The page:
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First Aid Kit Essentials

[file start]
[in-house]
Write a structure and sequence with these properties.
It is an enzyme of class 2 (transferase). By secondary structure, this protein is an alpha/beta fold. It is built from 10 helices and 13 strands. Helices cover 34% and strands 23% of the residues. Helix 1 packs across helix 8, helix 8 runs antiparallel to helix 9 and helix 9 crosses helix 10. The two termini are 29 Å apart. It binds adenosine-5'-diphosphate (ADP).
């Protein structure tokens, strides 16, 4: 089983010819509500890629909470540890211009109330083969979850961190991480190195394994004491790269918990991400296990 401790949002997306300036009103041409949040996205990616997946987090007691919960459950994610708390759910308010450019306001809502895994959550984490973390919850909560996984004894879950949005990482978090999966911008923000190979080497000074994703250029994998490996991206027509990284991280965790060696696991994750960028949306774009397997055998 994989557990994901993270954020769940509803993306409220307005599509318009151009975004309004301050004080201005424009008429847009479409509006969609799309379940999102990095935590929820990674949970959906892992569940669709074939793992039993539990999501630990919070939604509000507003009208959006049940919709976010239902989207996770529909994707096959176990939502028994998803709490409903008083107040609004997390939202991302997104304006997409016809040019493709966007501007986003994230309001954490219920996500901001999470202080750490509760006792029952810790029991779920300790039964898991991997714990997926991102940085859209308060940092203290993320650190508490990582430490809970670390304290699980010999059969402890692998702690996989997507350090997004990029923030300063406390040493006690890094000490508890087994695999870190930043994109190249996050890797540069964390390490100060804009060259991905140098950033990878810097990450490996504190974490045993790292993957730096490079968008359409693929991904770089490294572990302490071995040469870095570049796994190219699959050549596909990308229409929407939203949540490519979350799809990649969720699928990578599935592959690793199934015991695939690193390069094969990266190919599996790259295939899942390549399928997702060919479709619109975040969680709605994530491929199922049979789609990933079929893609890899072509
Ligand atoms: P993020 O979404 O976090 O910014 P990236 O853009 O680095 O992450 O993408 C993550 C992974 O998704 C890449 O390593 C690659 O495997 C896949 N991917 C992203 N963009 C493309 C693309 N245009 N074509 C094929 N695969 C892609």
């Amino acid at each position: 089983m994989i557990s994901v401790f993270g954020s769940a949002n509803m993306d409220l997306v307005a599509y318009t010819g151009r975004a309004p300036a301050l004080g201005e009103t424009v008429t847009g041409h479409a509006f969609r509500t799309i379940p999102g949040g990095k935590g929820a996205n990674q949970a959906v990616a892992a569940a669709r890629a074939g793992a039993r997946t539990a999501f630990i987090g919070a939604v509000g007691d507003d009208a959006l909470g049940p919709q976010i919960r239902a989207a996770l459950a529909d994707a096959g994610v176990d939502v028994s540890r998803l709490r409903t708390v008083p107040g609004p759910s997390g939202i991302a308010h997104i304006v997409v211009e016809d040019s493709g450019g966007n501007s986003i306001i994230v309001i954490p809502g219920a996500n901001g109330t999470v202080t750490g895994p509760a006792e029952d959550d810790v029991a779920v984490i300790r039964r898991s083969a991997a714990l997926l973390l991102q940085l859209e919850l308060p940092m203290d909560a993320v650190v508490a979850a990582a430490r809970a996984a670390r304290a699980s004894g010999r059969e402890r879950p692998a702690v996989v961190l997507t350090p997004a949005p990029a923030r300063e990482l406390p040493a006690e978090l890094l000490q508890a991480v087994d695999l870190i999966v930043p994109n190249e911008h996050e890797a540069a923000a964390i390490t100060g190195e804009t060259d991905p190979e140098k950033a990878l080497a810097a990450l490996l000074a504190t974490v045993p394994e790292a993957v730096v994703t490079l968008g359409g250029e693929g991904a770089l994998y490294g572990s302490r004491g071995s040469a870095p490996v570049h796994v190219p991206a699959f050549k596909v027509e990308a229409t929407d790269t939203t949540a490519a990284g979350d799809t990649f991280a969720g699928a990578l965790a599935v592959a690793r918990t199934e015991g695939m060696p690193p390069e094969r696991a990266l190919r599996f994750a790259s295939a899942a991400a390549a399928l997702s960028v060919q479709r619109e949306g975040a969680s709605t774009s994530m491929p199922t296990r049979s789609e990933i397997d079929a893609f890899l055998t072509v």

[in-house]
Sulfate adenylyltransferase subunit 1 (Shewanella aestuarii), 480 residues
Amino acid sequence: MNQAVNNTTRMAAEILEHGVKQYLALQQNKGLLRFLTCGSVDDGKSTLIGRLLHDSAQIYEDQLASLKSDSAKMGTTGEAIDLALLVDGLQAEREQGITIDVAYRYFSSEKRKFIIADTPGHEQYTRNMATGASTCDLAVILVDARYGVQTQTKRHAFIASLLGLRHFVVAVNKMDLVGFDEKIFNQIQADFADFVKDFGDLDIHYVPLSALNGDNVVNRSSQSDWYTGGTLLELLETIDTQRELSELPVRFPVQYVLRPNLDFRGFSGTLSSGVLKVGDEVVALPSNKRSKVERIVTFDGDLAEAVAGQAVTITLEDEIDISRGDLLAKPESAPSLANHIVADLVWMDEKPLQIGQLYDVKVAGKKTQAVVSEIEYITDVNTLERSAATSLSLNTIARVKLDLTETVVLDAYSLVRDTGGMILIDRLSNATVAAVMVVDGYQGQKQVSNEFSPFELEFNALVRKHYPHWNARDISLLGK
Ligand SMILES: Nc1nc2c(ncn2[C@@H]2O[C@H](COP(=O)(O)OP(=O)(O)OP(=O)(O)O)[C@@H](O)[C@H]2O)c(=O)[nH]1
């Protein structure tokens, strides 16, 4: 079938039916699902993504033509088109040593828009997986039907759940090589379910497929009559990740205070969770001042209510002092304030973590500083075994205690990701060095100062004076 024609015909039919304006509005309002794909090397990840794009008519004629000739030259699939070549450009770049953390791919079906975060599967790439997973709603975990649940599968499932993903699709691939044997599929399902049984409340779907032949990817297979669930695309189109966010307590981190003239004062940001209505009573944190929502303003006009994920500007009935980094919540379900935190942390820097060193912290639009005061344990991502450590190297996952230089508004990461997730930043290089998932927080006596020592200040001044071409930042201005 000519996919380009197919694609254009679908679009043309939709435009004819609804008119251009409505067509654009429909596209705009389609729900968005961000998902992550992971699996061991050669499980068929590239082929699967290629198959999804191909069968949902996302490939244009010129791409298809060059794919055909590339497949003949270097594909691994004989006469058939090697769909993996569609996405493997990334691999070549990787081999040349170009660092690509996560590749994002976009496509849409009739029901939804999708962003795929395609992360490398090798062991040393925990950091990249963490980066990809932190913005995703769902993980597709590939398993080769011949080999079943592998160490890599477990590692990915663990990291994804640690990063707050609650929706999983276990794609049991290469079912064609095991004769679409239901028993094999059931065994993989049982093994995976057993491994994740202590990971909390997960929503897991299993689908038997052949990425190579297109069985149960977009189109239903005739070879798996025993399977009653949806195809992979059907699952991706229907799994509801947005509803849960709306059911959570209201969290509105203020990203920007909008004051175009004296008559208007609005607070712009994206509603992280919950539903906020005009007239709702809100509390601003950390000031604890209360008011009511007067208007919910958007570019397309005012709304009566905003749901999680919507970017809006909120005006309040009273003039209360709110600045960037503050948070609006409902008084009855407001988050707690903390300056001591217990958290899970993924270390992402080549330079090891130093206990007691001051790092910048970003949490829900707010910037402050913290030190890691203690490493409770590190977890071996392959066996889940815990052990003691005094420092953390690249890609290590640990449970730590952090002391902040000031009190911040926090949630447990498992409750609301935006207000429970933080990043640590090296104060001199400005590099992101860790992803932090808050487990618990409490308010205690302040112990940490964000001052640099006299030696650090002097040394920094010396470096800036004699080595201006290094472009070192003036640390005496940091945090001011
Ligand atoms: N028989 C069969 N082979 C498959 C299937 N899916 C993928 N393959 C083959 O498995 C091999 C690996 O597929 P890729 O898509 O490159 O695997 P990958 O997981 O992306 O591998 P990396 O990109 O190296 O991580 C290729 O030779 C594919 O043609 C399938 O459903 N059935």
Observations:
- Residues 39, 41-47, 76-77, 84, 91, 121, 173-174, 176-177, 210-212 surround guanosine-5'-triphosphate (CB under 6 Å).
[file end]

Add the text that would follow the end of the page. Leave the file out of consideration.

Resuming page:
All responsible dog owners should prepare a first aid kit to have on hand in case of emergencies. Whether it is needed for treating of simple scrapes, bruises, or allergic reactions acquired in a day outing or addressing injuries inflicted during a natural disaster or an encounter with another animal, being prepared is the first step in averting or controlling life threatening injuries to your dog. The possession of a few simple materials considerably enhances the chances of your dog recovering from minor abrasions or surviving serious trauma. The following items should be included in any general dog first aid kit: gauze, antibiotic ointment, rubbing alcohol, self-adhering bandages, eye wash, an ear syringe (2oz), petroleum jelly, sterile non-adherent pads, Benadryl tablets, buffered aspirin, hydrocortisone cream, hydrogen peroxide, bandage scissors, splints (preferably fit for the size of the dog), tweezers, a muzzle, and a couple of zip lock bags. If at all possible, extra water and food, a blanket, the dog?s paperwork, including health records, and shot records, poison control and emergency veterinarian numbers for the surrounding area, and a picture of the dog should also be included. Also, include a thermometer in the kit. You may also want to include a pocket-sized health care manual or any printouts of health advice from the internet (although you may find these more useful stored on a bookshelf for frequent reference). Examine the contents of the first aid kit annually and replace or re-stock items that may be out of date or running low. The possession of a first aid kit not only helps to ensure the care and survival of your dog but will also help to alleviate any anxieties you might have concerning the health of your pet. The first aid kit should be kept in a well-accessible spot in your house and should be carried on any road-trip or extended outing. Make sure everyone in your family knows about the kit?s contents and its location. Also, if you have a pet sitter care for your dog at any time, instruct this person about the contents and location of the first aid kit before leaving home. Take the opportunity to read up on dog first aid and be ready to USE the first aid kit, if needed. It will do little good to have the kit if you are not sure how to respond to emergencies. Remember, the life of your dog is in your hands and to be prepared is not only a responsibility but an exhibition of love.

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